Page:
MAJIAZHUANG, China – They gathered under a blazing midday sun, raptly observing as four men in skullcaps held down the bull in preparation for its sacrifice. Little girls stood wide-eyed, while boys tried to appear unfazed, and the wizened grandmothers, who, having seen such things countless times, were abuzz instead about the rare appearance of foreigners in their hamlet.
The guest of honor, however, the sheik, or spiritual leader for a large Muslim population concentrated here in the arid, landlocked region of Ningxia, glanced anxiously at his watch, hoping the religiously sanctioned butcher would arrive quickly so that he could get on with his busy schedule.
The butcher arrived, and within minutes his deed was done, his red blade thrust into the soil as the bull’s life drained into a shallow pit. The sacrifice of a sheep followed. Moments later, as all were seated around a wooden table for a feast in memory of an elder who had died 40 days earlier, the sheik whispered to a visitor: “Don’t eat too much. There will be a feast in the next village, too.”
Asked as he piled into his chauffeur-driven four-wheel-drive vehicle if he presided at ceremonies like this every weekend, the 39-year-old Muslim leader who bears the title sheik, but prefers to go by his name, Hong Yang, issued a world-weary sigh. Surveying the hillocks of bare, dusty earth that heave to the horizon, which constitutes his realm, he said, “I do it every day.” Then he drove off.
As the leader of the Kufiya sect, more than a million strong, Hong is responsible for adjudicating local disputes, charity, patronage and, of course, matters of the faith. Communist ideology held that religion would wither, but as a precaution, under Mao’s rule it was actively, indeed fiercely suppressed, with temples, mosques and churches destroyed, land confiscated and priests jailed.
These days, signs of religious revival abound in China, perhaps nowhere more than among the country’s largest Muslim minority, the Hui, who are historically centered in this area of north-central China, where Persians and Arabs migrated in the seventh century, intermarrying with local populations. But the limits on Islam and other faiths enforced by the government on organized religion remain strict and carefully observed.
Reliable religious data is hard to come by in China, but the country’s estimated 20 million Muslims are often said to constitute the second-largest religious community, after Buddhists, who may number as many as 100 million. Christians of various denominations are also believed to number well over 10 million, and adherents of all of these faiths are widely believed to be growing.
“It used to be that religious freedom only existed on paper, but now it is flowing into our daily lives,” said Hong, who received a visitor a stone’s throw from the towering main mosque in nearby Hong Gangzi, whose minarets, cast against a setting sun, were visible from miles away. “We are allowed to say whatever we want to, as long as we respect the party. We are free to publish.”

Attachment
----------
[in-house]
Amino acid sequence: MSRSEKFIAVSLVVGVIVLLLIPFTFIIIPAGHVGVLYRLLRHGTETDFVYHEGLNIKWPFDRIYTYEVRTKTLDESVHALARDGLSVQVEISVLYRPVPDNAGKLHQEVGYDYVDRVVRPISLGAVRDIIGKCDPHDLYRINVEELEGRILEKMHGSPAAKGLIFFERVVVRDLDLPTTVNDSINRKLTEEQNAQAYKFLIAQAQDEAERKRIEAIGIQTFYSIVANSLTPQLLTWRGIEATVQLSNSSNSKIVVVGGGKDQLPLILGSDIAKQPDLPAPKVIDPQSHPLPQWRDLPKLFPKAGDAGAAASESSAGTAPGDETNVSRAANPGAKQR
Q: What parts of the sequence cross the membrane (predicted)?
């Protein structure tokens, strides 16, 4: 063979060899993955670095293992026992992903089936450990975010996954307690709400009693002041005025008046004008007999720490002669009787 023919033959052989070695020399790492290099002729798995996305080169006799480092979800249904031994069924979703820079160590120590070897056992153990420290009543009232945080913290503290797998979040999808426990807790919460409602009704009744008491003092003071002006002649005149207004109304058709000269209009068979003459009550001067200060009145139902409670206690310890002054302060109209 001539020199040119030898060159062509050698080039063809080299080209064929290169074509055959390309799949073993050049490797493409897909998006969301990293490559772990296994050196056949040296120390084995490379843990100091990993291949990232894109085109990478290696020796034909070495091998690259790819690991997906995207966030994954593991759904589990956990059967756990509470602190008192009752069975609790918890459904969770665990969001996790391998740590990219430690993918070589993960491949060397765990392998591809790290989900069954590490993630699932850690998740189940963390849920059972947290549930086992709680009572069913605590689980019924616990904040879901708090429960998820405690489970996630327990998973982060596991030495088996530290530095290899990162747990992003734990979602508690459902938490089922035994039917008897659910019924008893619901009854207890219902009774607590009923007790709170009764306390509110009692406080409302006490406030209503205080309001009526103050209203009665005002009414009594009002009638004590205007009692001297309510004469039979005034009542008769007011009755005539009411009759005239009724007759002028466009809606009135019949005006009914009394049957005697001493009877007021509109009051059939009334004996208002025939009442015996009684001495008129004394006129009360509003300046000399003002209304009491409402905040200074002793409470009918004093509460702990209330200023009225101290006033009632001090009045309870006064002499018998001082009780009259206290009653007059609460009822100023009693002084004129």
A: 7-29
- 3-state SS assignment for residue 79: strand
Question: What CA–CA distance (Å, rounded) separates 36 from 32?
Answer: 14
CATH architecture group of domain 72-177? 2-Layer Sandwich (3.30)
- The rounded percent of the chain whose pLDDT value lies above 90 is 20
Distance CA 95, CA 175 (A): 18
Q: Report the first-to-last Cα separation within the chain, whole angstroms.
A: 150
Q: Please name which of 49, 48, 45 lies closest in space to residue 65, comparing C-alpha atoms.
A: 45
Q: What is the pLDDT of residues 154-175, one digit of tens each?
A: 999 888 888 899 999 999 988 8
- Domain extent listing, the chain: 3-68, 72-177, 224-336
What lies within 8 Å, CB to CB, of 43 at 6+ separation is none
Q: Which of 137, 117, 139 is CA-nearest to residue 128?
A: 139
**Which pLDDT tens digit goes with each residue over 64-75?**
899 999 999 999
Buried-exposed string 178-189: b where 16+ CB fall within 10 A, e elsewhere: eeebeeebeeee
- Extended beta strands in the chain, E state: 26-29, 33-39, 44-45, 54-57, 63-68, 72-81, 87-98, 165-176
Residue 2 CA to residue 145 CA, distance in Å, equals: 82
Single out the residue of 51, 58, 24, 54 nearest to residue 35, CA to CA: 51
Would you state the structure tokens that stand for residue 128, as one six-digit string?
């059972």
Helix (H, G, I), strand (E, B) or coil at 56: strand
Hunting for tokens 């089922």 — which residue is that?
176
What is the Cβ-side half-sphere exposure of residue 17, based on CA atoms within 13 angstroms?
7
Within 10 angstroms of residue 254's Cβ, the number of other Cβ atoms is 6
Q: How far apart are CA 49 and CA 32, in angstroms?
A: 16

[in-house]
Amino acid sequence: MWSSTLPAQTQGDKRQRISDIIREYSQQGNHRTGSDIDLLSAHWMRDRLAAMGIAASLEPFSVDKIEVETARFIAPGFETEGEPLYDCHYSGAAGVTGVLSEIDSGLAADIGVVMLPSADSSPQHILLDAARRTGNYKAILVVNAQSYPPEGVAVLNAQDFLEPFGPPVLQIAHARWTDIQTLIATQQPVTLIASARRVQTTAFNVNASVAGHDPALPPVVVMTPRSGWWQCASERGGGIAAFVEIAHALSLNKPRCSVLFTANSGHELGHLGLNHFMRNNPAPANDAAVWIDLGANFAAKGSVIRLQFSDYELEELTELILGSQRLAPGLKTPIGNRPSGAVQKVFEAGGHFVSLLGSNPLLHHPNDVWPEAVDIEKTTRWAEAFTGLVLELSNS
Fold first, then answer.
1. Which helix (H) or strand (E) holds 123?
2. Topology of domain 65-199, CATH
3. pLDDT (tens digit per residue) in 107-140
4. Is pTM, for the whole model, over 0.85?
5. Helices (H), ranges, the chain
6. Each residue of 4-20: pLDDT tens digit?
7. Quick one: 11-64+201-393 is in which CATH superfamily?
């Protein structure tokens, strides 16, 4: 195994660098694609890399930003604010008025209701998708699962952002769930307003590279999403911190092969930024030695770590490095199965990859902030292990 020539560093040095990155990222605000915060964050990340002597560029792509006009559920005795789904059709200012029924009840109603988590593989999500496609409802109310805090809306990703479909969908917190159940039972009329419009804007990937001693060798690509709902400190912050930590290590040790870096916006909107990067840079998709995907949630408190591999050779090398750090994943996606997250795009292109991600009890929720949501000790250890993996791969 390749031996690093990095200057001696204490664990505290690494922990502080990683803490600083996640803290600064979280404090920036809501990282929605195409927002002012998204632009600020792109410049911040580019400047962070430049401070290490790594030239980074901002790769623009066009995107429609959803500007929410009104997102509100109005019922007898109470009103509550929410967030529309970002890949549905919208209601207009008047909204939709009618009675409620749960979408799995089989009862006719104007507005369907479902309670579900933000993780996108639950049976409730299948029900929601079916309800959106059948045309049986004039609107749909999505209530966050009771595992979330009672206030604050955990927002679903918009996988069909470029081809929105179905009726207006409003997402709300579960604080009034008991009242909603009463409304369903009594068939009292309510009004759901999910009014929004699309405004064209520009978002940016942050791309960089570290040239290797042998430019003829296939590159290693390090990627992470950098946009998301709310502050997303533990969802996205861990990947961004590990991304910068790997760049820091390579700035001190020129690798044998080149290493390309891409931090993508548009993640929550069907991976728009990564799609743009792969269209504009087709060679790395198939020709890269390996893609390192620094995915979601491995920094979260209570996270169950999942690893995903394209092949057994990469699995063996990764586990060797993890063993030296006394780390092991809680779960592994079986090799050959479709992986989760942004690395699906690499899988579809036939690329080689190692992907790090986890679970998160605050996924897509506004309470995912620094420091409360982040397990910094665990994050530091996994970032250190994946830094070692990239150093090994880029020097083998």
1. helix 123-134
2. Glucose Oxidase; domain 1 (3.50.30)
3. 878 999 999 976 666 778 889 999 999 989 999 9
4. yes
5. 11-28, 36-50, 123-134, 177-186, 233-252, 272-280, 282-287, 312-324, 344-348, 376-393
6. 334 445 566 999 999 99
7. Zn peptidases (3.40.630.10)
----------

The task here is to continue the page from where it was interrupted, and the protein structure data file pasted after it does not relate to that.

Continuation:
Hong’s statement had the ring of a disclaimer, something prudent to say in a country where the government decides who is and who is not allowed to be a religious leader and indeed even where people may congregate to worship. Hong, a graduate of Beijing University who studied theology in Pakistan, is clearly on the approved list, unlike many ethnic Uighur Muslims in the country’s far west, who are viewed as dangerous separatists. His particular sect of Sufi Islam has a long history of ups and downs in the country, nonetheless, having suffered periodic devastation under Communist rule.
“In the 1950s, the Hui Muslim leaders were accused of landlordism, and persecuted,” said Dru Gladney, a China specialist at the University of Hawaii who has written extensively on Islam. “In the capitalist era, they have been given freer rein, but lead a precarious existence because the state can go after them at any time. This actually makes them very useful to the government, because they are always anxious to prove their loyalty to Beijing.”
Even for someone like Hong who goes along with the system, however, faith very quickly bumps up against the limits of what the government will allow. Islam, for example, commands its followers to spread the religion, but China strictly prohibits proselytizing and forbids religious schools for children.
“We can teach children very basic things about the religion in terms of culture,” Hong said. “From primary school to high school we are not allowed to teach religion. Our faith may sometimes seem reduced to a matter of customs, but that is because we must survive in this system.”
Hong said the government’s attitude toward religion had gradually become more tolerant in recent years. “Not long ago, when party leaders used to open meetings about religion, they would begin with slogans about religion being the opium of the masses, but they don’t say that anymore,” he said. “The trends of the times show that religion cannot be suppressed by power any longer.”
It is the ferment in spiritual matters among ordinary Chinese, and not official attitudes, that gives Hong the most hope, however. “I see hundreds of people coming to convert,” he said. “People feel supported by their religious belief in a way that is totally spiritual. Those who don’t have this have their money and nothing else.”
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